Synopses & Reviews
"If Mother Goose and Philip K. Dick had a love child, and Richard Brautigan raised him in Watermelon Sugar
, he might write stories like Ben Loory." -Jonathan Evison
Loory's collection of wry and witty, dark and perilous contemporary fables is populated by people-and monsters and trees and jocular octopi-who are united by twin motivations: fear and desire. In his singular universe, televisions talk (and sometimes sing), animals live in small apartments where their nephews visit from the sea, and men and women and boys and girls fall down wells and fly through space and find love on Ferris wheels. In a voice full of fable, myth, and dream, Stories for Nighttime and Some for the Day draws us into a world of delightfully wicked recognitions, and introduces us to a writer of uncommon talent and imagination.
"The 40 cheerfully ominous stories in this collection feel like collaborations between Tex Avery and Franz Kafka. Each starts with a surreal premise a man notices a strange hat staring at him, a duck falls in love with a rock, etc. and sidles along from there. By itself, each sketch is tantalizingly incomplete, but that uneasy wonder is part of Loory's purpose. When these pieces work, as they often do, they invite readers to develop the idea themselves, to use their own imaginations to flesh out characterizations and consequences. Reading several stories in a row might mitigate some of the individual impact, but together they provide a series of glimpses into a world in which all manner of disturbing discoveries and transformations are possible. (Aug.)" Publishers Weekly Copyright PWxyz, LLC. All rights reserved.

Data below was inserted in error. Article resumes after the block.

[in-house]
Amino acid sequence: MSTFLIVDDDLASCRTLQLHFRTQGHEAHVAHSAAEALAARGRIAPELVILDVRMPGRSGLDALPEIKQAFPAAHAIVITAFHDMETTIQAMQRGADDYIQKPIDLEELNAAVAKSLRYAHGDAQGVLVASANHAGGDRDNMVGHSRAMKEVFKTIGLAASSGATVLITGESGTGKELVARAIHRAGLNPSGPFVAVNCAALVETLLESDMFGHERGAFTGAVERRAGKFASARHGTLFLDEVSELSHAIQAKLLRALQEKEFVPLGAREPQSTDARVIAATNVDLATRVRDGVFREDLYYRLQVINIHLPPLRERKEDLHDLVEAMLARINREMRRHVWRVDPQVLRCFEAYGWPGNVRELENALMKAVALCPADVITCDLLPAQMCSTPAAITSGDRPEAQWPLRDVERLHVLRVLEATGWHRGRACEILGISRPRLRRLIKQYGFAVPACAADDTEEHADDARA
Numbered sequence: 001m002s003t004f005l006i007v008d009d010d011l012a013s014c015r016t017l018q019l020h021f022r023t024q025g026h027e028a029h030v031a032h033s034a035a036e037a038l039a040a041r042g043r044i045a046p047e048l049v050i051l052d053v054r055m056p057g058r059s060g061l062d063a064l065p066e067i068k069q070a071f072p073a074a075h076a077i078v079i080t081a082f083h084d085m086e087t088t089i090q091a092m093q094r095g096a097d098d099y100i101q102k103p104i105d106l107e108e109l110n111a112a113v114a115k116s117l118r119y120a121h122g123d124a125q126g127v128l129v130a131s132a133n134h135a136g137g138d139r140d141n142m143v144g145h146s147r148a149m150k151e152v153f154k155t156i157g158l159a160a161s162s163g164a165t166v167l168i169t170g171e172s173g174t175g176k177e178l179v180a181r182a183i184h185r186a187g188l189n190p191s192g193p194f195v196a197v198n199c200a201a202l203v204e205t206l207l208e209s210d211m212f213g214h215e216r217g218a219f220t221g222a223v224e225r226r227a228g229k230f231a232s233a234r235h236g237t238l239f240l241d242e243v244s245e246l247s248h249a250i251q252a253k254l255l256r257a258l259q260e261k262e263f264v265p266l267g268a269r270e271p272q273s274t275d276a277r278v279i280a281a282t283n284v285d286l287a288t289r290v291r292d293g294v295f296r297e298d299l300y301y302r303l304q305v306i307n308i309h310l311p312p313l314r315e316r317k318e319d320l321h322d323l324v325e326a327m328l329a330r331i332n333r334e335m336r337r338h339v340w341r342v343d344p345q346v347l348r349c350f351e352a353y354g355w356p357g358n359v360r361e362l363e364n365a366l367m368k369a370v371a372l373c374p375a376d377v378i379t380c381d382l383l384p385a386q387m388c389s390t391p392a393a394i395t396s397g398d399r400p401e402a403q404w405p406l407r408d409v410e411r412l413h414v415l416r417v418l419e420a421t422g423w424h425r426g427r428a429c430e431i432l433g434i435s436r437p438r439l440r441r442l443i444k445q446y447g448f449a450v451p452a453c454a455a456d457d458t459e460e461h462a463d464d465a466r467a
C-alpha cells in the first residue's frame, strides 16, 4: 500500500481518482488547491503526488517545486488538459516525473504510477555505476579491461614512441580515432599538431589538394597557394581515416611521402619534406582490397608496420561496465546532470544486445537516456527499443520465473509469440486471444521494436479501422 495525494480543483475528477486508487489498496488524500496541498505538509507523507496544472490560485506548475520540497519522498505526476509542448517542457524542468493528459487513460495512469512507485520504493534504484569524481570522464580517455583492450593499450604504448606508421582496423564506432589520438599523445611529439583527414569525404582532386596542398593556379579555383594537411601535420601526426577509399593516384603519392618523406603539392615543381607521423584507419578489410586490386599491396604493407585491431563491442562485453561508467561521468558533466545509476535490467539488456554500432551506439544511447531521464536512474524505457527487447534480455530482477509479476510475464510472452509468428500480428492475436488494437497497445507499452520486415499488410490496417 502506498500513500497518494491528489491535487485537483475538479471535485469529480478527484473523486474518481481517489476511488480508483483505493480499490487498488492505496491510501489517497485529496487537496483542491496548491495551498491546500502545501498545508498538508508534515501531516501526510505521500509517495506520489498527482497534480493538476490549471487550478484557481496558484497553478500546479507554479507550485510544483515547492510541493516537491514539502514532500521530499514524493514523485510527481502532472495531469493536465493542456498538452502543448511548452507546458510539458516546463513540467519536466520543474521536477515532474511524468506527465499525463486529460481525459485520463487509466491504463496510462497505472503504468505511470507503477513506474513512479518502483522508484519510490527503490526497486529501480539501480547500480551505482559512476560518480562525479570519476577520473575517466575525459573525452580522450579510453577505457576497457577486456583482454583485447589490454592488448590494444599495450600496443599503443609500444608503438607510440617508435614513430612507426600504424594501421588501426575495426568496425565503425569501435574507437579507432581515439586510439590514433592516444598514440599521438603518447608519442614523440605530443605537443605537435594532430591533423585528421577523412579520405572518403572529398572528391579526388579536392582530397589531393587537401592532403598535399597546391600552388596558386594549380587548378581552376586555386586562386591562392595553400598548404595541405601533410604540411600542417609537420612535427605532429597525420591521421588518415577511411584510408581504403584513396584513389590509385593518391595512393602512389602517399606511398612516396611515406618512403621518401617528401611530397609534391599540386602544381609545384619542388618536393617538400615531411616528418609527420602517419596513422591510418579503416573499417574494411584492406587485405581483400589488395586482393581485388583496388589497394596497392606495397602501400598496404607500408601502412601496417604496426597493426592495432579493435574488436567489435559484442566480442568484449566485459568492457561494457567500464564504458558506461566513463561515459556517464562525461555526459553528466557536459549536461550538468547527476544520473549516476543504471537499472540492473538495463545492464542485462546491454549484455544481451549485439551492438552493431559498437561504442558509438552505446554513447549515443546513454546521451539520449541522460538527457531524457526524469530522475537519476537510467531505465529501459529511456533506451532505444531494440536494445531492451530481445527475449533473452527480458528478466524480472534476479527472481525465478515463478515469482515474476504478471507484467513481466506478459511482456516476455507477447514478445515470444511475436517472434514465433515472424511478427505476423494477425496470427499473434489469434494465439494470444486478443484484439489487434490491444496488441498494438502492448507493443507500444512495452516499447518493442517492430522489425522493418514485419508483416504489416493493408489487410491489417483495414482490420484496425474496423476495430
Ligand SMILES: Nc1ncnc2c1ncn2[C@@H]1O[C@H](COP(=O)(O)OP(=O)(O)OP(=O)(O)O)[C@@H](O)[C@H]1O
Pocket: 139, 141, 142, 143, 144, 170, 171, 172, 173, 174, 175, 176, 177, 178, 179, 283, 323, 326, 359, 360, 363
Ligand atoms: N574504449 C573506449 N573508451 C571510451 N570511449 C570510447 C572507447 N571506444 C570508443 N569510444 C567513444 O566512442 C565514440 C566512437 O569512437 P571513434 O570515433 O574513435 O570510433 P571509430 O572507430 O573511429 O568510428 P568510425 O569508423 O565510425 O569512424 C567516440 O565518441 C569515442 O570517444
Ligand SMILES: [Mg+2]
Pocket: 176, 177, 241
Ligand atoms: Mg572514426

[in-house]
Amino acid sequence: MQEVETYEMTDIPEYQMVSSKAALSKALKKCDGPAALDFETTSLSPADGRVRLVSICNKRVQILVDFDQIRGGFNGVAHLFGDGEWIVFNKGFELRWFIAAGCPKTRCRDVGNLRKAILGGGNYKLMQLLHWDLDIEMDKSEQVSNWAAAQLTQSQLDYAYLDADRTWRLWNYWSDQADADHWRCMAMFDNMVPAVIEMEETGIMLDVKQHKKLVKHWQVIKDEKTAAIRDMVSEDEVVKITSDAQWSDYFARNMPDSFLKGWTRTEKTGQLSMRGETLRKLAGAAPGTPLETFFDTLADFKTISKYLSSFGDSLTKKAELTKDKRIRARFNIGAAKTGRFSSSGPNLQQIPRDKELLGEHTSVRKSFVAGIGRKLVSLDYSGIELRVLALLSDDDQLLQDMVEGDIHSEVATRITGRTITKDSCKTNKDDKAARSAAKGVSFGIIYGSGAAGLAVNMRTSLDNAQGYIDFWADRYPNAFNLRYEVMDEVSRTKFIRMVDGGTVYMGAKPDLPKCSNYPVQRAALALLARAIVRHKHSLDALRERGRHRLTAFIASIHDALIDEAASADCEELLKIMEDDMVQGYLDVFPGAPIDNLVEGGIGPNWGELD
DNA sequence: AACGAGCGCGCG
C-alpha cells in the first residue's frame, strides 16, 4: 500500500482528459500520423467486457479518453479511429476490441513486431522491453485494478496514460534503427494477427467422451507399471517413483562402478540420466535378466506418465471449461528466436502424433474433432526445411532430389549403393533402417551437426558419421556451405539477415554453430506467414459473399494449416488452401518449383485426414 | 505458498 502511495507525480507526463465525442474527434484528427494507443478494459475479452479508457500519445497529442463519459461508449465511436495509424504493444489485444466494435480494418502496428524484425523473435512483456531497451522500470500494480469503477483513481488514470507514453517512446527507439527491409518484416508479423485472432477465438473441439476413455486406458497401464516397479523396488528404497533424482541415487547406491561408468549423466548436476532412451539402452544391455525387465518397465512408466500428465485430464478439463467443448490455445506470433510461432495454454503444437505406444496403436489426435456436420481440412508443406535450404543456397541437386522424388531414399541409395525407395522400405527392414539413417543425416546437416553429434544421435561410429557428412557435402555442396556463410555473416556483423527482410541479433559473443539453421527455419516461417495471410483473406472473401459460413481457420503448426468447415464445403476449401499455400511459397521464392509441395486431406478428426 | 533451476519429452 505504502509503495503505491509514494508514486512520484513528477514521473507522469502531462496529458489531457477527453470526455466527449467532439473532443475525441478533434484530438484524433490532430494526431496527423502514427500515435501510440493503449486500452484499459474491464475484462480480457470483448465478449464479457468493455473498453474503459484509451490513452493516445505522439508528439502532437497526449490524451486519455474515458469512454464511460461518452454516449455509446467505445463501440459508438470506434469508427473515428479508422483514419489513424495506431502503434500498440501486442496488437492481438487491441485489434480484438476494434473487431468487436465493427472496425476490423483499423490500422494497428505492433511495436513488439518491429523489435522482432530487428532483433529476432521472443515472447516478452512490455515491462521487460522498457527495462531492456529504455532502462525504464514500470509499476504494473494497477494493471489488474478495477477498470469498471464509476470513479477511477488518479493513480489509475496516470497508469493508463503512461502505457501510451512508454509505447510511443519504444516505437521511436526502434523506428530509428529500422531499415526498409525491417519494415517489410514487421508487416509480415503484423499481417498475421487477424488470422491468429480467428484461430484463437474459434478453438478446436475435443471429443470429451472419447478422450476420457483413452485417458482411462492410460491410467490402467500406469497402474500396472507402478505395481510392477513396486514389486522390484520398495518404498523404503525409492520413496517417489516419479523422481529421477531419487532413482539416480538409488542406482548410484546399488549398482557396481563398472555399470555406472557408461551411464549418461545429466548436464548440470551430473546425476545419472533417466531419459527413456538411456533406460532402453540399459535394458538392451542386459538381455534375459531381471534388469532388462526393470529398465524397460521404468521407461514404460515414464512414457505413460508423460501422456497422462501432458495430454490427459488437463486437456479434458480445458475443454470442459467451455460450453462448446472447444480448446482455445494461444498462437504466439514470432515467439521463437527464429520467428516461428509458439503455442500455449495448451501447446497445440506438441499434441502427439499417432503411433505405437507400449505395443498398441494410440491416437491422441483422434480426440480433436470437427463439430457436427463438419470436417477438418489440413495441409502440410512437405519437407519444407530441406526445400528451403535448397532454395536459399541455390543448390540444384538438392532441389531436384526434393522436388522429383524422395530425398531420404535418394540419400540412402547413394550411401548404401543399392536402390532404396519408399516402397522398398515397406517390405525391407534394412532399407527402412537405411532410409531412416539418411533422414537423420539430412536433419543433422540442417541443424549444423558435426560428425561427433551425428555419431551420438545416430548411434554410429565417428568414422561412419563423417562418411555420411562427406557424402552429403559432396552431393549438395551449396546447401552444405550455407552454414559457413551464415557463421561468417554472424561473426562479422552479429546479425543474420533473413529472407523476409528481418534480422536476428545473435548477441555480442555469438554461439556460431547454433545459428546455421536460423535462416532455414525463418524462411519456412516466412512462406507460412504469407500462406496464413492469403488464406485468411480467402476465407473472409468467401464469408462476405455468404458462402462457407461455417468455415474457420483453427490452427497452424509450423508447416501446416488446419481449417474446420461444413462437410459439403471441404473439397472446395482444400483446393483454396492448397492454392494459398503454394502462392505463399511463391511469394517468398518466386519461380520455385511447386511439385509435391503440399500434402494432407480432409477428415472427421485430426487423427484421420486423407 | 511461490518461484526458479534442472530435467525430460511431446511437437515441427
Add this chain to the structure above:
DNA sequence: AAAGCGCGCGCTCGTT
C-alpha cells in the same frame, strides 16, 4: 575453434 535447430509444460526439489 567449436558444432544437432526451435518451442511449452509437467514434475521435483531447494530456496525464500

About the Author
Ben Loory's stories have appeared in publications as diverse as The New Yorker, ESPN the Magazine, Glimmer Train, and World Riot. He lives in Los Angeles.
Review A Day
"In Ben Loory's wild, dreamy debut collection of short stories, he explores the deepest recesses of the imagination, where even the most outlandish tales can yield profound insights.
Stories for Nighttime and Some for the Day
contains 40 featherweight fables, with a diverse cast of characters that includes erudite octopi, menacing hats, and lovestruck ducks. To say that disbelief must be suspended to appreciate Loory's work would be an understatement; utter credulity is required. His stories have the maundering, free-associative quality of dreams, and follow their own peculiar logic." Michael Patrick Brady, The Boston Globe
(Read the entire Boston Globe review